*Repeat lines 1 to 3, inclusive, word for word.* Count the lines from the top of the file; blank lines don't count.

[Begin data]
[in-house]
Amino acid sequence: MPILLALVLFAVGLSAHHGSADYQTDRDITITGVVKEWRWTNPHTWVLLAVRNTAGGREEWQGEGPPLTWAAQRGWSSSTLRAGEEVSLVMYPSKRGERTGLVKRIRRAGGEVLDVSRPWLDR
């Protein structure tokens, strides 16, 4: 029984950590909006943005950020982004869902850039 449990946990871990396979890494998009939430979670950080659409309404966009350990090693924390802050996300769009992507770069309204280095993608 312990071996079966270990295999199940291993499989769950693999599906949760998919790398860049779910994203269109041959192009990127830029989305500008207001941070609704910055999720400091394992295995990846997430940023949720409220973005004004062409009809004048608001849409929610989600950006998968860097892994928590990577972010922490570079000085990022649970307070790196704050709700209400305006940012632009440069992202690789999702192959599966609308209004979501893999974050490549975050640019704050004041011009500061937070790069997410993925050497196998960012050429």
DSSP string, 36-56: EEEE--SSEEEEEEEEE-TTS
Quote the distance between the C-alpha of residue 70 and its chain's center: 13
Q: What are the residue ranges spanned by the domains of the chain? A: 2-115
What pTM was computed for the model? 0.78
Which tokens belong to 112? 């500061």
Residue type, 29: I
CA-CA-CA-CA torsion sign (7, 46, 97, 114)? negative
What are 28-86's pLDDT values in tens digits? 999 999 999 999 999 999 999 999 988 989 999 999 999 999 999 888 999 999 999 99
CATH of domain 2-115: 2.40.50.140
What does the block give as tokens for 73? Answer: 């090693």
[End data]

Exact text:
[in-house]
Amino acid sequence: MPILLALVLFAVGLSAHHGSADYQTDRDITITGVVKEWRWTNPHTWVLLAVRNTAGGREEWQGEGPPLTWAAQRGWSSSTLRAGEEVSLVMYPSKRGERTGLVKRIRRAGGEVLDVSRPWLDR
């Protein structure tokens, strides 16, 4: 029984950590909006943005950020982004869902850039 449990946990871990396979890494998009939430979670950080659409309404966009350990090693924390802050996300769009992507770069309204280095993608 312990071996079966270990295999199940291993499989769950693999599906949760998919790398860049779910994203269109041959192009990127830029989305500008207001941070609704910055999720400091394992295995990846997430940023949720409220973005004004062409009809004048608001849409929610989600950006998968860097892994928590990577972010922490570079000085990022649970307070790196704050709700209400305006940012632009440069992202690789999702192959599966609308209004979501893999974050490549975050640019704050004041011009500061937070790069997410993925050497196998960012050429």